Charcoal and Paper

01/29/2014

 

 

 

 

Over the past several months I have been experimenting with different types of charcoal and charcoal pencils and various papers.

 

i have tried;

Winsor and Newton Vine charcoal, Hard, medium and soft.

Grumbacher Vine Charcoal, Hard, medium and soft.

Nitram Fusain, H, HB, and B

Wolff Carbon pencil, B, 2B, 4B, 6B

Conte Pencil, Pierre Noire 1710 B

General Charcoal pencils

Prismacolor black col-erase pencil.

I tried them all on these following types of paper.

Canson Mi-Teintes pastel paper, white and grey

Stonehenge White paper

Stonehenge Legion grey paper

BFK Rives printmaking paper in white, grey and tan

Strathmore 500 series charcoal paper in white

Strathmore Bristol Vellum paper in white

Canford Paper in white and Dreadnought grey

Pros and cons of each:
Windsor and Newton Vine Charcoal: the sticks sharpen easily but not always consistent in terms of texture and tend to break a bit easily. Dark darks are a bit difficult to acheive unless the paper has a lot of tooth.

These work best with the Canson Mi-teintes paper.

Grumbacher Vine charcoal, more greyish and powdery, I had a difficult time getting this charcoal to adhere to any kind of paper except the pastel sanded papers.

Conte Pencil, easy to acheive dark darks, not at all easy to erase any marks, even the lightest ones on any kind of paper. Does not pick up easily with the kneaded eraser an not at all with a chamois and it was frustrating spending time trying not to tear up or wear down the surface of the paper while erasing.My least favorite pencil for over all rendering but really awesome to go in and acheive some dark darks once the overall drawing and modeling is done. Jeffrey Watts from the Watts Atelier recommends this pencil and he is an amazing artist, I watched some of his videos and realized he hardly ever needs to erase. I’m not anywhere close to being that good so I need to be able to work with a pencil that erases a bit more easily.

Wolff’s Carbon pencil; easier to erase than the conte but not as easy as the vine charcoal. Good variations in tone can be achieved, works well with smooth as well as textured papers. Easy to blend and smooth using a hog bristle brush or paper towel.I got the “ Drawing the Figure” DVD from the Art Renewal Center and Fernando Freitas recommends this particular pencil. He also describes using a hog bristle brush and stomp for blending. Tons of information on his DVD on acheiving nice value transitions and mid tones. Definitely worth watching. Oh a big con with these pencils is that they are so easy to break; you drop it once and they break into peices inside the wood casing. You have to be careful to place them where they wont fall and break so easily, at $2.34 per pencil it really feels awful when they break.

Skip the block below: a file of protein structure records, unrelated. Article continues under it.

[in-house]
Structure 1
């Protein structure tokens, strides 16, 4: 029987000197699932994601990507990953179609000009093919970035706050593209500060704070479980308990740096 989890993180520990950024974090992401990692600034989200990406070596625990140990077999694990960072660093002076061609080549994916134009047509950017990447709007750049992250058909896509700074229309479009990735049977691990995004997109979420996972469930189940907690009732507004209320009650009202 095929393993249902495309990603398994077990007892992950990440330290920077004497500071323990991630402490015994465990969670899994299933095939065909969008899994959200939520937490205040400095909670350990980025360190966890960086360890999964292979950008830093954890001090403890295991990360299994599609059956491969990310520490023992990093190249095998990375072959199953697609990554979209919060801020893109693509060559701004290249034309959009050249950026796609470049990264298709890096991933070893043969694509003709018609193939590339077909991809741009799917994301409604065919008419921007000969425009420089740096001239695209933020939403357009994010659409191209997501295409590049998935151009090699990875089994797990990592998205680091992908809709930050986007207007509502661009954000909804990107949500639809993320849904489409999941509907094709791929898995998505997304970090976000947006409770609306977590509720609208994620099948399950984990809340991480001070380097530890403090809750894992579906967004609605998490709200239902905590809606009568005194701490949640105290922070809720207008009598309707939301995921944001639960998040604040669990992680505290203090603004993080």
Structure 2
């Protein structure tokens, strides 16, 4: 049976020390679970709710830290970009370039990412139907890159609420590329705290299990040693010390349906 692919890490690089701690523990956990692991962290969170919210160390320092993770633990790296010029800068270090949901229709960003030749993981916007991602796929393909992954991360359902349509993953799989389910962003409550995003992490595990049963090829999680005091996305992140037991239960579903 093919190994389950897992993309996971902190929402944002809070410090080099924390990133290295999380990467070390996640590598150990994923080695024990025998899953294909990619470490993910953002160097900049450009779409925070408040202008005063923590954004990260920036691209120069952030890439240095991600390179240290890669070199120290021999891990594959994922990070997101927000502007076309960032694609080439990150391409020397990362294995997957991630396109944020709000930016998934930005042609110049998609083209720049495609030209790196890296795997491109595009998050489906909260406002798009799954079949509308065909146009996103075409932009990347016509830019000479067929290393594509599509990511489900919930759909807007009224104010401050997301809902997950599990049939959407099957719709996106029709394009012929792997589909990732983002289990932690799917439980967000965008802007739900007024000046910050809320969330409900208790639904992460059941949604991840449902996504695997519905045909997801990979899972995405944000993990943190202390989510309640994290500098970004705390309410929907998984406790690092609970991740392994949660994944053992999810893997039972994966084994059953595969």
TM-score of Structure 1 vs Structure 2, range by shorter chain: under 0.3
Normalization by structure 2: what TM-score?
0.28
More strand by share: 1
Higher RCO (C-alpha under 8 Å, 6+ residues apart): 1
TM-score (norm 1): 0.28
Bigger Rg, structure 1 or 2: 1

General Charcoal pencils; very nice but a bit waxy and smudgy; somehow difficult to manipulate. I do use the darkest ones for the dark areas and for smooth backgrounds and the white pencils for highlights on toned paper.

Prismacolor Col-erase pencil, Matthew Archambault from Drawing Tutorials Online recommends these and they are very easy to use and a very nice alternative to drawing in graphite.

Nitram Fusain: I like these the best, the sticks are labeled for easy identification, they are a bit thicker than the Windsor and Newton Vine Charcoal, so are easier to handle. They go on and erase smoothly and easily even on the delicate BFK Rives printmaking paper without gouging or shredding the surface of the paper. These are a bit more expensive though than the other brands of vine charcoal, and the sticks are a bit thicker so take a bit more effort to sharpen. I save the charcoal powder for using for toning the background.

Of all the papers I’ve tried; the BFK Rives printmaking paper is the most expensive at about $6 per sheet and I disliked it the most.It comes in a nice 22 X30 sheet with gorgeous deckled edges, the colors are lustrous and even, but the surface is incredibly delicate and gets destroyed with even the mildest of manipulations. I found that the 27 hour drawing I did was very hard on the paper, and I ended up getting a very blotchy appearance in some areas.

The strathmore 500 series charcoal paper, has a nice surface texture and holds the charcoal very well, a bit difficult to acheive smooth value transitions but doable.

The Canson Mi Teintes and Canford papers were very similar and I used the smoother side (sticker side) with really good results.

The Stonehenge paper and Bristol Vellum papers are similar, less surface texture so it a bit more difficult to get the charcoal to stick but easy to blend and the paper is can stand up to application and erasure of multiple layers of charcoal.

The Stonehenge legion paper was nice but somewhere in between the regular stonehenge paper and the BFK rives paper in how it behaved.

One other type of paper I picked up at Blick on impulse and I really liked was the American Master printmaking paper.

For smooth realistic tone and value depiction and ease of handling I finally decided that the best combination is Nitram Fusain on Canson Mi -teintes and the regular Stonehenge papers.

Will post some pictures soon.

Happy drawing!

Minnie Bhupathi

 

 

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